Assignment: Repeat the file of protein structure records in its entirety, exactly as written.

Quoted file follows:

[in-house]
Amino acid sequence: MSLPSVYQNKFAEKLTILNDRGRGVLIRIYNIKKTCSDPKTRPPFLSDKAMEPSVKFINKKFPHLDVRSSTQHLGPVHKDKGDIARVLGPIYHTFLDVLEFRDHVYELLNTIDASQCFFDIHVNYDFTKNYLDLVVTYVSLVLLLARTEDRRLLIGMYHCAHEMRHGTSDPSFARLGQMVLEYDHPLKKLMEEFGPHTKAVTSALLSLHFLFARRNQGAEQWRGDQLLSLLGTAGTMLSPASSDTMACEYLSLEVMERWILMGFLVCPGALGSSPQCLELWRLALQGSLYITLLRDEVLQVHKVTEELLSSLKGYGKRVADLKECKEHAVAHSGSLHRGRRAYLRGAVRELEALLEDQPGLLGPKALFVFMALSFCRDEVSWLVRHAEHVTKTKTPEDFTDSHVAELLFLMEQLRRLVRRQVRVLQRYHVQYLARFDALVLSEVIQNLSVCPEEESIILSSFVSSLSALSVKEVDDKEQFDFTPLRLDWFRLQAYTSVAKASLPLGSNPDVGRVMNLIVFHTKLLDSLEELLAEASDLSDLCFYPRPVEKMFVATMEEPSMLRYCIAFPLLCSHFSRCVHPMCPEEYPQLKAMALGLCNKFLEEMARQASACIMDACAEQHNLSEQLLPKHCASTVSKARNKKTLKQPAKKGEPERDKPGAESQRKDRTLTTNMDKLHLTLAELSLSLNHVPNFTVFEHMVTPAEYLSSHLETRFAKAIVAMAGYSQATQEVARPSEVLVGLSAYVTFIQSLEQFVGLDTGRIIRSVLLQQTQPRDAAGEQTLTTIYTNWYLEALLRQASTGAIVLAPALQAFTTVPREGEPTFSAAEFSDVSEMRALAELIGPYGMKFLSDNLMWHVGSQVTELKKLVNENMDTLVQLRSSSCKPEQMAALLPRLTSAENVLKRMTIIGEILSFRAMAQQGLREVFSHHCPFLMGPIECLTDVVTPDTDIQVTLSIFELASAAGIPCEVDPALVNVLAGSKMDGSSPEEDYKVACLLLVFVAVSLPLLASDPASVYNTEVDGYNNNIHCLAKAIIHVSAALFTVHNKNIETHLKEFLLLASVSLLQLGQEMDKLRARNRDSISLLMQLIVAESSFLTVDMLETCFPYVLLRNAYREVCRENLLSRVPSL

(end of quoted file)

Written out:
[in-house]
Amino acid sequence: MSLPSVYQNKFAEKLTILNDRGRGVLIRIYNIKKTCSDPKTRPPFLSDKAMEPSVKFINKKFPHLDVRSSTQHLGPVHKDKGDIARVLGPIYHTFLDVLEFRDHVYELLNTIDASQCFFDIHVNYDFTKNYLDLVVTYVSLVLLLARTEDRRLLIGMYHCAHEMRHGTSDPSFARLGQMVLEYDHPLKKLMEEFGPHTKAVTSALLSLHFLFARRNQGAEQWRGDQLLSLLGTAGTMLSPASSDTMACEYLSLEVMERWILMGFLVCPGALGSSPQCLELWRLALQGSLYITLLRDEVLQVHKVTEELLSSLKGYGKRVADLKECKEHAVAHSGSLHRGRRAYLRGAVRELEALLEDQPGLLGPKALFVFMALSFCRDEVSWLVRHAEHVTKTKTPEDFTDSHVAELLFLMEQLRRLVRRQVRVLQRYHVQYLARFDALVLSEVIQNLSVCPEEESIILSSFVSSLSALSVKEVDDKEQFDFTPLRLDWFRLQAYTSVAKASLPLGSNPDVGRVMNLIVFHTKLLDSLEELLAEASDLSDLCFYPRPVEKMFVATMEEPSMLRYCIAFPLLCSHFSRCVHPMCPEEYPQLKAMALGLCNKFLEEMARQASACIMDACAEQHNLSEQLLPKHCASTVSKARNKKTLKQPAKKGEPERDKPGAESQRKDRTLTTNMDKLHLTLAELSLSLNHVPNFTVFEHMVTPAEYLSSHLETRFAKAIVAMAGYSQATQEVARPSEVLVGLSAYVTFIQSLEQFVGLDTGRIIRSVLLQQTQPRDAAGEQTLTTIYTNWYLEALLRQASTGAIVLAPALQAFTTVPREGEPTFSAAEFSDVSEMRALAELIGPYGMKFLSDNLMWHVGSQVTELKKLVNENMDTLVQLRSSSCKPEQMAALLPRLTSAENVLKRMTIIGEILSFRAMAQQGLREVFSHHCPFLMGPIECLTDVVTPDTDIQVTLSIFELASAAGIPCEVDPALVNVLAGSKMDGSSPEEDYKVACLLLVFVAVSLPLLASDPASVYNTEVDGYNNNIHCLAKAIIHVSAALFTVHNKNIETHLKEFLLLASVSLLQLGQEMDKLRARNRDSISLLMQLIVAESSFLTVDMLETCFPYVLLRNAYREVCRENLLSRVPSL